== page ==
• Fossils found on public land cannot be sold and must go into a public trust for science and education purposes.
  • Fossils found on public land must go into a public trust and be cataloged in a field report.
  • On private land, fossil hunting is a free-for-all and fossils can be sold on the open market.
  • Peter Larson, president of Black Hills Institute of Geological Research, started selling small fossils in the 70s and eventually found multiple T-Rex skeletons.
  • Larson gets permission from private landowners to search for fossils and cuts them in on any future discoveries.
  • Fossil scouting involves searching for bone fragments over craggy terrain, which can take months without finding anything.
  • Excavating a dinosaur fossil and preparing it for sale can take two to three years and cost over a million dollars.
  • The value of a fossil depends on factors like size, condition, and completeness. No fully intact T-Rex skeleton has ever been found.
  • In 1990, Larson's team uncovered the most complete T-Rex skeleton named Sue, which was later seized due to being found on Indian Reservation land. It was sold for $8.4 million to the Field Museum in Chicago.
  • Clayton Phipps, known as the dinosaur cowboy, became interested in fossils after Jurassic Park and eventually quit his job as a cowboy to become a fossil hunter.
  • Phipps discovered the remains of a young T-Rex and Triceratops entangled in what appeared to be a deadly brawl but struggled to find buyers for nearly two decades.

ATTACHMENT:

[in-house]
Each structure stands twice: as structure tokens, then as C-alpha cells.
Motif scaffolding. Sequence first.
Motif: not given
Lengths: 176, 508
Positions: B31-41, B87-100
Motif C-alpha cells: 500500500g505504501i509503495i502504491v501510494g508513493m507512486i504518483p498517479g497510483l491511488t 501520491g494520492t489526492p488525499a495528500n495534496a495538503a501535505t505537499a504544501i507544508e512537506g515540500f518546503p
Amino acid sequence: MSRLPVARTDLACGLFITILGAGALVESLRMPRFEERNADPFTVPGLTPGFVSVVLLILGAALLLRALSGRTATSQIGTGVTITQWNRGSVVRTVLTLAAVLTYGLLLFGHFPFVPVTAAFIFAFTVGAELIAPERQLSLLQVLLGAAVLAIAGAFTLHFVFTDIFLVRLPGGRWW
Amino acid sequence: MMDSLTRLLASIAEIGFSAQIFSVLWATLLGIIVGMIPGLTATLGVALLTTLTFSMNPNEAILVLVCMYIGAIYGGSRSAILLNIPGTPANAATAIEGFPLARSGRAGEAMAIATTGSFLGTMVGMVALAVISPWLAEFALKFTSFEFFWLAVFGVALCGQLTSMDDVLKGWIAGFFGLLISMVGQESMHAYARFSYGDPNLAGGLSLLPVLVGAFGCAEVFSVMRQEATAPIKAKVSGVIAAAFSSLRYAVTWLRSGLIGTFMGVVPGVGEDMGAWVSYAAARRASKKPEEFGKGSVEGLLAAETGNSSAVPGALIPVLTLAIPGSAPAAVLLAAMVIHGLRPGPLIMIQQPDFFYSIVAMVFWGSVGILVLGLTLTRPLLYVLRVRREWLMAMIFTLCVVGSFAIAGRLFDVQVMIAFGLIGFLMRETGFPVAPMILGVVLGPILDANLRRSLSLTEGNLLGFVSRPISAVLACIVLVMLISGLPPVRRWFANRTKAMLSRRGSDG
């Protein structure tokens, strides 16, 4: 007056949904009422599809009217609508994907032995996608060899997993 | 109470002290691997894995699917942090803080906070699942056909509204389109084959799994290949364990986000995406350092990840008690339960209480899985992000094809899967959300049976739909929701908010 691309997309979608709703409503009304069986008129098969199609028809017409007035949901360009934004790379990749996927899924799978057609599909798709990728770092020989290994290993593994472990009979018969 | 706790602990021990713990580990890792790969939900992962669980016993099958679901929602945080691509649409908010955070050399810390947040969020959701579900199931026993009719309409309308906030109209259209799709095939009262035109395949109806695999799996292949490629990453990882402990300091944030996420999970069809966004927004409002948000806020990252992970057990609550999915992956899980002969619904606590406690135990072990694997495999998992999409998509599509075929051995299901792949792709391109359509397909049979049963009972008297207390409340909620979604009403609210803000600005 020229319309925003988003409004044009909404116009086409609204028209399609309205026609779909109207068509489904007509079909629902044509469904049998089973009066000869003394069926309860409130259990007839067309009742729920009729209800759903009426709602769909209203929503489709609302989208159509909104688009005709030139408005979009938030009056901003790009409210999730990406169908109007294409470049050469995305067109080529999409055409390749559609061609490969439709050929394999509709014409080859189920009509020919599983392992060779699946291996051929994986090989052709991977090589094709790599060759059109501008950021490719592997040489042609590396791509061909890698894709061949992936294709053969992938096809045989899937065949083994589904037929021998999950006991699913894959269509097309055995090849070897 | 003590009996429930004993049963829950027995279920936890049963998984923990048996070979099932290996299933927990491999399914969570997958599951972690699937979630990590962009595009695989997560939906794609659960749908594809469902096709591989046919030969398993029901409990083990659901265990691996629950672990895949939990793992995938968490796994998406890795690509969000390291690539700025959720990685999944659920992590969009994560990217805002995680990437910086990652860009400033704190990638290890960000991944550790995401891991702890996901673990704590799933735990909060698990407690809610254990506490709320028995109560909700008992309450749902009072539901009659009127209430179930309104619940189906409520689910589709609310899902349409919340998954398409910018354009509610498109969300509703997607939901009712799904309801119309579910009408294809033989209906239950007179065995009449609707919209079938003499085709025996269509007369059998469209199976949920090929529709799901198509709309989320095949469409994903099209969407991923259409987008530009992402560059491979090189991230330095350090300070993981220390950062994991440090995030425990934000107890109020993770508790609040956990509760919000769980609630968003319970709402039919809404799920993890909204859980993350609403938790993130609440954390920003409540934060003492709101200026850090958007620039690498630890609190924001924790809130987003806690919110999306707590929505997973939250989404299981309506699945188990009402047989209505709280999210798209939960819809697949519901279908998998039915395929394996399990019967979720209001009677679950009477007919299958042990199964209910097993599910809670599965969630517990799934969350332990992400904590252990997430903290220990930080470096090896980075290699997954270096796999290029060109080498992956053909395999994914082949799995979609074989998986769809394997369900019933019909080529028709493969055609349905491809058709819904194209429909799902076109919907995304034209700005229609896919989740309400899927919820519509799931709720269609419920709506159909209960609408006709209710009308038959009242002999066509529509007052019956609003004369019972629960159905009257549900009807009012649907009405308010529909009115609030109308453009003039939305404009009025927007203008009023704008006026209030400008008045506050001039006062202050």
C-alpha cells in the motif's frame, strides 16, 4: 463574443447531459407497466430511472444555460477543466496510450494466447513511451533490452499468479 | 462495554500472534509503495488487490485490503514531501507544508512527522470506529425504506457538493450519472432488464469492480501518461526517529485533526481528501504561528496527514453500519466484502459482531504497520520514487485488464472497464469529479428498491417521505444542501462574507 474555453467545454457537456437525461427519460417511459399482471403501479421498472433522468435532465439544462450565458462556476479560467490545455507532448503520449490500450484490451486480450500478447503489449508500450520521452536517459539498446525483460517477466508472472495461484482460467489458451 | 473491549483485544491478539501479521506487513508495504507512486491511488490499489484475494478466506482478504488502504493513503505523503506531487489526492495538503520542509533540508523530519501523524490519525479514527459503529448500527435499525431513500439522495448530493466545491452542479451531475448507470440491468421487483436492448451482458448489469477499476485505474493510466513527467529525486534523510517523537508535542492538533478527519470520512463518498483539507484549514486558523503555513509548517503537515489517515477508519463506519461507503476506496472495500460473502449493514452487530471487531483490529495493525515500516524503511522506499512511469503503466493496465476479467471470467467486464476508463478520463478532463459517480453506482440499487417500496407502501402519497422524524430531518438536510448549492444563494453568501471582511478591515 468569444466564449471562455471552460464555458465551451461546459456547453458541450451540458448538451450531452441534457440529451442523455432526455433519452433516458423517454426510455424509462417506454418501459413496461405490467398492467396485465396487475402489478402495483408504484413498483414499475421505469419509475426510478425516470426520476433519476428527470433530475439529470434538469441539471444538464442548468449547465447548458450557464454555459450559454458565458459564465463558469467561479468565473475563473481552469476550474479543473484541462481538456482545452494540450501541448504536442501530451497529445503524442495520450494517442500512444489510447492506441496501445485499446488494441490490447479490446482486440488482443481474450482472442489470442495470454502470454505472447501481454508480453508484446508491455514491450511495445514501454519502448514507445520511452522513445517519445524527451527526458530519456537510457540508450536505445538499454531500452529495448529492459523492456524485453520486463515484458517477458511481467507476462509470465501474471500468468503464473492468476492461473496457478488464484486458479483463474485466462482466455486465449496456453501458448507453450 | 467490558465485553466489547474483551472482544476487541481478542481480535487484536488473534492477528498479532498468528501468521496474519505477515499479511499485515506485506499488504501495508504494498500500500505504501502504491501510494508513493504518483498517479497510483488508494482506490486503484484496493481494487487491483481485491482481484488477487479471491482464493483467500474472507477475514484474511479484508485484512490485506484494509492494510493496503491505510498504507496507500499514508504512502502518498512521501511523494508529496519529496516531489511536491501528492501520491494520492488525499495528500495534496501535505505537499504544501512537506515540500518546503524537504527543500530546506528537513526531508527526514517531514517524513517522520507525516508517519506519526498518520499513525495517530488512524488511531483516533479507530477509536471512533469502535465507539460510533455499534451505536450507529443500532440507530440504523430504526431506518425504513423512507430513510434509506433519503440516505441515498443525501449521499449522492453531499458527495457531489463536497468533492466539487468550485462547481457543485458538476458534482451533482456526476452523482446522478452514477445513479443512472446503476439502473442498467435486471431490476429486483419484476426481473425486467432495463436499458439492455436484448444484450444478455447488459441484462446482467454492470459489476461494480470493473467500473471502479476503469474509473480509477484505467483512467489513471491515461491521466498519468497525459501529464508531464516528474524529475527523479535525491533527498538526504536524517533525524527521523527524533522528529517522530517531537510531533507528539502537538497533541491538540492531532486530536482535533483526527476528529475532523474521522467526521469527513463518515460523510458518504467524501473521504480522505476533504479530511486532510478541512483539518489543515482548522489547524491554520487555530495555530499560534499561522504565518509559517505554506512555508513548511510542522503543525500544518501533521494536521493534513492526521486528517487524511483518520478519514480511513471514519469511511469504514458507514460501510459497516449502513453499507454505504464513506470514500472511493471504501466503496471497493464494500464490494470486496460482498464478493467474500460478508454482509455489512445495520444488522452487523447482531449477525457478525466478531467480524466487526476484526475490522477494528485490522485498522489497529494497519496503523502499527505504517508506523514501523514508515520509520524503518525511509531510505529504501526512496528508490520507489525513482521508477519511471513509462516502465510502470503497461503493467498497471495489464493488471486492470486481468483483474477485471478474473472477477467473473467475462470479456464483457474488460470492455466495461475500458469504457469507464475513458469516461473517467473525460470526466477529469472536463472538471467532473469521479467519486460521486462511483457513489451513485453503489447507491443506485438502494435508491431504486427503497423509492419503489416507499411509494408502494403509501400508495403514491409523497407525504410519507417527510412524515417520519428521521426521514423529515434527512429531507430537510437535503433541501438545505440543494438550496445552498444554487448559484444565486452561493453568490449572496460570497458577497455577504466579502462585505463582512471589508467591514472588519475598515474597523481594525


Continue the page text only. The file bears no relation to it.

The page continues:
• In 2020, Phipps sold his prized fossil to the North Carolina Museum of Natural Sciences for $6 million after accounting for expenses.

The Impact of Fossil Hunting

46:20 - 47:12

  • After paying off the landowner and accounting for expenses, Phipps says the deal didn't make him as rich as he'd hoped.
  • Larson didn't see a penny from that sale. In the years leading up to the auction, he had a dispute with his brother over the ownership of their company.
  • Larson's company now makes extremely accurate plastic casts of Stan. Those casts have become his bread and butter.
  • Barson says he has sold around 100 casts to museums all over the world. There are even a few stands floating around in private homes.
  • Nathan Merevold has granted around $500,000 per year to paleontologists, resulting in at least 10 T-Rex discoveries on public land for academic research.
  • The commercial market for dinosaurs has had a devastating impact on scientific research. More than 60% of all known T-Rex fossils have been found by commercial fossil hunters.
  • Commercial fossil hunters argue that exposed fossils will eventually succumb to the elements and that farmers and ranchers should be paid for their assets.
  • Paleontologist Thomas Carr hopes to return next year to look for a full skeleton of a rare juvenile T-Rex.